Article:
The Santa Maria Assunta Cathedral in Spoleto is one of the main tourist attractions of the city. Highlights are the facade with the five arches and the mosaics and the works of art by Filippo Lippi, Annibale Caracci, Pinturicchio and Giuseppe Valadier decorating the interior.
Santa Maria Assunta Cathedral Spoleto
Address, opening hours and admission
Address: Cattedrale di Santa Maria Assunta – Piazza del Duomo, 6 – 06049 Spoleto (tel. +39 074323101). Opening hours: From 08.30 till 12.30 and from 15,30 till 17.30. Admission: Free.
The Cathedral of Spoleto was constructed in the 12th century. It replaced the Santa Maria in Vescovada and the San Primiano churches, which had been destroyed by Federico Barbarossa.
Saint-Anthony of Padova was sanctified in the cathedral in the year 1232. The Pope first had had to acknowledge the 53 miracles ascribed to the saint.
The bell-tower was also built in th 12th century, reusing ancient Roman, early Christian and medieval architectural elements. The cell where the clocks are kept was added between 1512 and 1515 by Cola da Caprarola.
The portico with its five arches was added between 1494 and 1504 by Ambrogio di Antonio Barocci da Milano and Pippo di Antonio da Firenze. It contains two pulpits on the sides.
In the 17th century the lateral naves and the transept were widened. The three naves end in a bit apse. This happened by order of Pope Urban VIII, who had been bishop of Spoleto from 1608 till 1617.
A baldachin near the altar was moved in 1930 in order to better be able to see Lippi’s paintings.
The most striking aspect of the facade is the upper part, with a Byzantine mosaic depicting “Jesus on the Throne between the Virgin and John the Baptist” from 1207.
The beautifully decorated rose window underneath the mosaic is flanked by four smaller, similar windows and the symbols of the Evangelists.
The 12th century Romanesque floor mosaic has remained intact.
The bronze bust of Urban VII on the interior wall of the facade is a copy of an original by Gian Lorenzo Bernini. The original can be seen in the Museo Diocesano.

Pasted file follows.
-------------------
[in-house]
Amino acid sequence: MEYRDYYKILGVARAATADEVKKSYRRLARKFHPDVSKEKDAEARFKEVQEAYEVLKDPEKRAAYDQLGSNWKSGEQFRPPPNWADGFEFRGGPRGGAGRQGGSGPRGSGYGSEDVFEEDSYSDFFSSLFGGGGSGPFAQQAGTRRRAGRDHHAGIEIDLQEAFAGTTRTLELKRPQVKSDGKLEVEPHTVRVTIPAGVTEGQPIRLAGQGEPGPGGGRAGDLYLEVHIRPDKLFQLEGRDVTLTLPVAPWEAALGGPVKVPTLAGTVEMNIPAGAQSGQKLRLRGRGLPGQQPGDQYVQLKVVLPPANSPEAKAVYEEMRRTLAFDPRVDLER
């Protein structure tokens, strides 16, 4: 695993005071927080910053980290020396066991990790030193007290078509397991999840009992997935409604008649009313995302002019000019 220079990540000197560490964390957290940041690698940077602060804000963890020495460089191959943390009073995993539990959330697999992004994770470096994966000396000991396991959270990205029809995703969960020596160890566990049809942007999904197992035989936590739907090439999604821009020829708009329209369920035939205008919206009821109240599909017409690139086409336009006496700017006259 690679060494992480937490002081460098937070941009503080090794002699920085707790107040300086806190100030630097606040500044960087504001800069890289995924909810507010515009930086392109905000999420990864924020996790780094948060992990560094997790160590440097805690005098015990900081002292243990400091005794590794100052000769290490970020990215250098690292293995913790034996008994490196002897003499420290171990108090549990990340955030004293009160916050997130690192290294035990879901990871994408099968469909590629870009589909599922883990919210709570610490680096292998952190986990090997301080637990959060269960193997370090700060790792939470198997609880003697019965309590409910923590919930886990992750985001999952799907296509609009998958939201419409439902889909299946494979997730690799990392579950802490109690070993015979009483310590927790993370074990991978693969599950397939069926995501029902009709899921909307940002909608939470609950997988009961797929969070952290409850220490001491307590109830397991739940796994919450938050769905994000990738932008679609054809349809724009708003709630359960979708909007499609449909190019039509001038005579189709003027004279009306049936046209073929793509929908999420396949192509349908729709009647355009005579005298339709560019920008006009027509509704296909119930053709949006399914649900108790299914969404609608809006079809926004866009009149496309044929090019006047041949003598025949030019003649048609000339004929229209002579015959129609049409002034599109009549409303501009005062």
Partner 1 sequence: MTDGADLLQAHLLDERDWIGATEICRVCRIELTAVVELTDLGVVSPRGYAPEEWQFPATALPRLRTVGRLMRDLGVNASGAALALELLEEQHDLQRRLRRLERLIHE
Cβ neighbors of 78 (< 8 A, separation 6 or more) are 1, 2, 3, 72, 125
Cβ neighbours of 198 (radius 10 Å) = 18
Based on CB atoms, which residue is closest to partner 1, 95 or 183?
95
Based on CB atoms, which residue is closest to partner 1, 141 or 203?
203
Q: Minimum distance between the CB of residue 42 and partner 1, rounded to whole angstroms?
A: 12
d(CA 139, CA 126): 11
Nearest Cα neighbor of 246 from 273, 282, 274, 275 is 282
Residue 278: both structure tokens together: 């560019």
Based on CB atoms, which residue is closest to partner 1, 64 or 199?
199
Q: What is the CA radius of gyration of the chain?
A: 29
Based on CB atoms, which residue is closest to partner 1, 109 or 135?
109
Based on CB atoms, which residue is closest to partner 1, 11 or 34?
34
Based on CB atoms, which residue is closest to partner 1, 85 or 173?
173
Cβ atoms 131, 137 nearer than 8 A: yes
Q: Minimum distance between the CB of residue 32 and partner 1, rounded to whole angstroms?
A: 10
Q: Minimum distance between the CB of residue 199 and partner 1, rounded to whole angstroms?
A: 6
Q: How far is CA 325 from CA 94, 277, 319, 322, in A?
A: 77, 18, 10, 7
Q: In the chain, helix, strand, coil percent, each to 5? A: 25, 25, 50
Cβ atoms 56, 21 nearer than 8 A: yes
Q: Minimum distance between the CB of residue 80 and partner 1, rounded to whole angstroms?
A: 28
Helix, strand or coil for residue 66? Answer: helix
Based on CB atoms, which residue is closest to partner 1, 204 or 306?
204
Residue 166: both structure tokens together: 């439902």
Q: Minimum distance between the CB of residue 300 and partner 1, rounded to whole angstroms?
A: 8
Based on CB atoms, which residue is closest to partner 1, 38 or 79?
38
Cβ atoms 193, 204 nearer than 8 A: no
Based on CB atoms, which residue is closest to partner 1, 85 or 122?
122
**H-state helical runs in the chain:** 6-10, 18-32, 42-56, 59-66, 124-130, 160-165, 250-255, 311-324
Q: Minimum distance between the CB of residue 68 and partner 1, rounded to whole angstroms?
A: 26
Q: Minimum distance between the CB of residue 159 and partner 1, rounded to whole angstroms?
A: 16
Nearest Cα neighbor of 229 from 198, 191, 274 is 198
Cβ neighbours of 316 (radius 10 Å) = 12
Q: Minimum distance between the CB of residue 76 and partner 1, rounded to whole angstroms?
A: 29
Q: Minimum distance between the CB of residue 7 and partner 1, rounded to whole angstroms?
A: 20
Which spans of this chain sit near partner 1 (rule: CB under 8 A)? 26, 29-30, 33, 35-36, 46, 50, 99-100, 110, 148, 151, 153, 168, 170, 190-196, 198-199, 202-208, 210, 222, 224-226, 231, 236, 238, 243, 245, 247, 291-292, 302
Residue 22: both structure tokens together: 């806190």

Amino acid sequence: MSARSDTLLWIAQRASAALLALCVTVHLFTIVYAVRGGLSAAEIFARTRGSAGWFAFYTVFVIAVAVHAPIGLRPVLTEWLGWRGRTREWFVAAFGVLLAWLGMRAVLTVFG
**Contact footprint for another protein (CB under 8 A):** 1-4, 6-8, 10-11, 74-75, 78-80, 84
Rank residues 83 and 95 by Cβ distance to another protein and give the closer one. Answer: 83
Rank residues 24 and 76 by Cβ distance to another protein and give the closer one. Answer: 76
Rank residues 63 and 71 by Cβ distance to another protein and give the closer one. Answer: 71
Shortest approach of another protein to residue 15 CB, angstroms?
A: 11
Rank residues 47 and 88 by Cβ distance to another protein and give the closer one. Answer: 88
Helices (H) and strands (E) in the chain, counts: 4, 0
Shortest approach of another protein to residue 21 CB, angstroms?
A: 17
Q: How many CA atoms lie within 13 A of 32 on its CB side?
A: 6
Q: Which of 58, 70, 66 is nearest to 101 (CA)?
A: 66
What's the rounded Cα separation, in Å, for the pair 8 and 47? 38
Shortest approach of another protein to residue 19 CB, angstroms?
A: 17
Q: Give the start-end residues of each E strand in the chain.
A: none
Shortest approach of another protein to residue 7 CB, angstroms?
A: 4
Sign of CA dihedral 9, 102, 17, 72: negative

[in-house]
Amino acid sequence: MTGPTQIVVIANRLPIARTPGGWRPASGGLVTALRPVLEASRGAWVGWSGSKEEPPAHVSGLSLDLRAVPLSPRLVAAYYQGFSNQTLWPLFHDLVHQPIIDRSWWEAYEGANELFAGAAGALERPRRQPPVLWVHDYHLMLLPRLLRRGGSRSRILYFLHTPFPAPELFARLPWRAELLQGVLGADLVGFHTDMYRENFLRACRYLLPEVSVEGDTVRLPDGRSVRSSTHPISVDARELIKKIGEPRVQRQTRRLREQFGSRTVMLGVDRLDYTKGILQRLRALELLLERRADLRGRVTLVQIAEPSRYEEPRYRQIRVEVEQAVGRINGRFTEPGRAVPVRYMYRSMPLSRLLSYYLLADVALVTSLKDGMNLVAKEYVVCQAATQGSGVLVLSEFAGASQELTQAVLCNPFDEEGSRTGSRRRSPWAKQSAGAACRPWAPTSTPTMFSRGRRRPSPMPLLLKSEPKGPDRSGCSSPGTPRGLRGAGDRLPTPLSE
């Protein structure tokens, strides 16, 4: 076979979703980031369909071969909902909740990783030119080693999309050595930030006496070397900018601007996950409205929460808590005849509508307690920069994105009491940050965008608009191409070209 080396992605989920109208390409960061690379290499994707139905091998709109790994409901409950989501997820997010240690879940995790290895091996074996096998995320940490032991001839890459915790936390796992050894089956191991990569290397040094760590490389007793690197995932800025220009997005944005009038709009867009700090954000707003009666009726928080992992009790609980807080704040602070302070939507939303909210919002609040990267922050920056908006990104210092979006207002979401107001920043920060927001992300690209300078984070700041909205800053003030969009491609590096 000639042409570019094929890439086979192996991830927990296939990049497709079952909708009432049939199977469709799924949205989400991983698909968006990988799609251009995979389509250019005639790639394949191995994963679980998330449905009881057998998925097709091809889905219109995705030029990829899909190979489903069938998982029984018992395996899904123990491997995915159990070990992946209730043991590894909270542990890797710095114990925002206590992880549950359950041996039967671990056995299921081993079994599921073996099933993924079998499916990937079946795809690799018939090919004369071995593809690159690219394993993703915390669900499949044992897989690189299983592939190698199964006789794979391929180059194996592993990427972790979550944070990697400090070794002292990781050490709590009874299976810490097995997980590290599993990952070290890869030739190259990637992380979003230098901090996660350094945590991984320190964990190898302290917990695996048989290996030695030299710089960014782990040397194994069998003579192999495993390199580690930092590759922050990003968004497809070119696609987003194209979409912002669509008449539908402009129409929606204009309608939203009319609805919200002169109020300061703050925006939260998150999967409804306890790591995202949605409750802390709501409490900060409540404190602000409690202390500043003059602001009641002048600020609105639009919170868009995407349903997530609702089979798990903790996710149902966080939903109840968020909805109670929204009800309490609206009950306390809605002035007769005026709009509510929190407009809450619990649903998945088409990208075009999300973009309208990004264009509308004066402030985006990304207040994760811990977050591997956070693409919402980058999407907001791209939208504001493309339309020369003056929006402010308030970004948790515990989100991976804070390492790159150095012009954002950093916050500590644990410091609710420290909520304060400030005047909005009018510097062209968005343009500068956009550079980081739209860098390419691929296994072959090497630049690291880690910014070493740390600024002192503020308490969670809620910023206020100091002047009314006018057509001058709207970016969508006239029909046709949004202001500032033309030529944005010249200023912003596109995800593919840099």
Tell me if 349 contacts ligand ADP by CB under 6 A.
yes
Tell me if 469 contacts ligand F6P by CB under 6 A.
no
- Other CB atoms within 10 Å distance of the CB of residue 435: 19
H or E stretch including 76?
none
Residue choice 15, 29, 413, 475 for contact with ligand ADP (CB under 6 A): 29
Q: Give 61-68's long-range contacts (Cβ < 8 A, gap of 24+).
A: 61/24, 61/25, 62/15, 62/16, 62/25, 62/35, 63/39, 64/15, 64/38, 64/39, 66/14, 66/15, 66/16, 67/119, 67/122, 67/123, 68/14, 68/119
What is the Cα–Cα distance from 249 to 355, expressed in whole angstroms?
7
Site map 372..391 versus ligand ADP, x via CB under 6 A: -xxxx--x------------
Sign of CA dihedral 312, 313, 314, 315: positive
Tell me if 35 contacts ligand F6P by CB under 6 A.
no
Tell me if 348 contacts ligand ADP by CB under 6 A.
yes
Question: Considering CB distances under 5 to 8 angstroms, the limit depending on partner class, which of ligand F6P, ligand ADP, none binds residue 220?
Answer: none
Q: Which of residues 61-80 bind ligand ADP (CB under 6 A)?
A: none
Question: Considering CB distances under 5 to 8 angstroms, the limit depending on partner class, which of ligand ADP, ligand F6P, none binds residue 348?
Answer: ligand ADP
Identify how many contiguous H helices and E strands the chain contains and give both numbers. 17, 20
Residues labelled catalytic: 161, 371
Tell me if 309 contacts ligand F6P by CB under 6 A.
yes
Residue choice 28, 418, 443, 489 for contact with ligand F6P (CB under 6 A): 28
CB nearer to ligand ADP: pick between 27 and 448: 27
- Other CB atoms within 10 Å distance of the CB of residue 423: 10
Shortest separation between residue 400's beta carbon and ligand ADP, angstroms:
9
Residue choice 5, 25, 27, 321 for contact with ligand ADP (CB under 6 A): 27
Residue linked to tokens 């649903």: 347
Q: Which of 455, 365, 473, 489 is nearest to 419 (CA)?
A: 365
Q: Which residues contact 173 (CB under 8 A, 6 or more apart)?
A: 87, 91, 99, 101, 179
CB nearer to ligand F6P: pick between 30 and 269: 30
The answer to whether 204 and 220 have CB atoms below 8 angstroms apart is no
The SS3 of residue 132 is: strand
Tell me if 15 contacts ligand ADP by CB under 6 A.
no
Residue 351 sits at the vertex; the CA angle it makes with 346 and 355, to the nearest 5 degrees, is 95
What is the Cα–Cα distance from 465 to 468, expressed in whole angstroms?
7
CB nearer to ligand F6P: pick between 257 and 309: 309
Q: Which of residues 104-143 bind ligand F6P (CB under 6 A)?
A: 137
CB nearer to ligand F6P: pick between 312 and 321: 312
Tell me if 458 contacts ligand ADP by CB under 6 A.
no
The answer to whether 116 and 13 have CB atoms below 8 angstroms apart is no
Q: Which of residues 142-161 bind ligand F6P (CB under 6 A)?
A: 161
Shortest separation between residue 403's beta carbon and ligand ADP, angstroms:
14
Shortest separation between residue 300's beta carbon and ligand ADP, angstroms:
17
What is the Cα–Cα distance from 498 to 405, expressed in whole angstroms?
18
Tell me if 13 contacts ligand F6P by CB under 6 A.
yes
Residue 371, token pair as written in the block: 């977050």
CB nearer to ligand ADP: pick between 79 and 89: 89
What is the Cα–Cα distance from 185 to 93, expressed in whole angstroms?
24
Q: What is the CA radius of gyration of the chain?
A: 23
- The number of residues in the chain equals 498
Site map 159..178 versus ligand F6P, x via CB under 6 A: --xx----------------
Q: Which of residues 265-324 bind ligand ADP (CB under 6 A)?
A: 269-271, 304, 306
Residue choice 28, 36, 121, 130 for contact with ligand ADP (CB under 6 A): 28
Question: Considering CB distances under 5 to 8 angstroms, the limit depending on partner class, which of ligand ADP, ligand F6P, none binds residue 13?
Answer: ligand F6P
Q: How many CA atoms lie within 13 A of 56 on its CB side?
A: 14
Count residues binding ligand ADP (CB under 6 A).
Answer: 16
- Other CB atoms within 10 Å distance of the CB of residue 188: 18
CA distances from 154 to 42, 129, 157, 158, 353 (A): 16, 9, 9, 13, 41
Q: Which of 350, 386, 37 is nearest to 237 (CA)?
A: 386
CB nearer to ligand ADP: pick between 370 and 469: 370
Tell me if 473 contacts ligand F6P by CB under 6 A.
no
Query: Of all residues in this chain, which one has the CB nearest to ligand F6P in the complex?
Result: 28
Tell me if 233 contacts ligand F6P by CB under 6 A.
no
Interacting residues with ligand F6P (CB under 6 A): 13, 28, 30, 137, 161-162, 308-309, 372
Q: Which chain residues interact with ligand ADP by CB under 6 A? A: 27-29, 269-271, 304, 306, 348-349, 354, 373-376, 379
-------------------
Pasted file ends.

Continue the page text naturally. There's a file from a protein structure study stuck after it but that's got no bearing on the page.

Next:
The main altar was made by Giuseppe Valadier in 1792. The altars in the side chapels are all also by Valadier.
Pinturicchio‘s “Madonna with Child and Saints” adorns the Cappella Eroli (1st chapel on the right).
The presbytery is decorated with several frescoes by Filippo Lippi (“Aankondiging van de Heer”, “Dormitio Virginis”, “Nativity Scene” and “Coronation of the Virgin”. The artist was assisted by Fra’ Diamante and Matteo d’Amelia. Work on the paintings lasted from 1467 till 1469.
The chapel to the right of the presbytery is the Chapel of the Holiest Icon. It is named for a smallish 12th century painting, donated to the city by Federico Barbarossa as a peace offer.
The Chapel of the Relics is in the left nave. it contains 16th century wooden sculptures, a signed letter by Sint Francis of Assisi, and a crucifix drawn on parchment in 1187 by Alberto Sozio. This last work was taken from the Church of Santi Giovanni and Paolo.
The crypt of what used to be the San Primiano Church is underneath the Chapel of the Relics.
Annibale Caracci painted the “Madonna and Child and the Saints Francis and Dorothy” (1599) in the left transept.
Filippi Lippi is buried along the wall of the left transept. His tomb was designed by his son Filippino and executed by an anonymous sculptor from Florence.
Filippo Lippi zelf ligt langs de muur van het linkerdwarsschip begraven. De tombe is ontworpen door zijn zoon Filippino en uitgevoerd door een onbekende beeldbouwer uit Florence.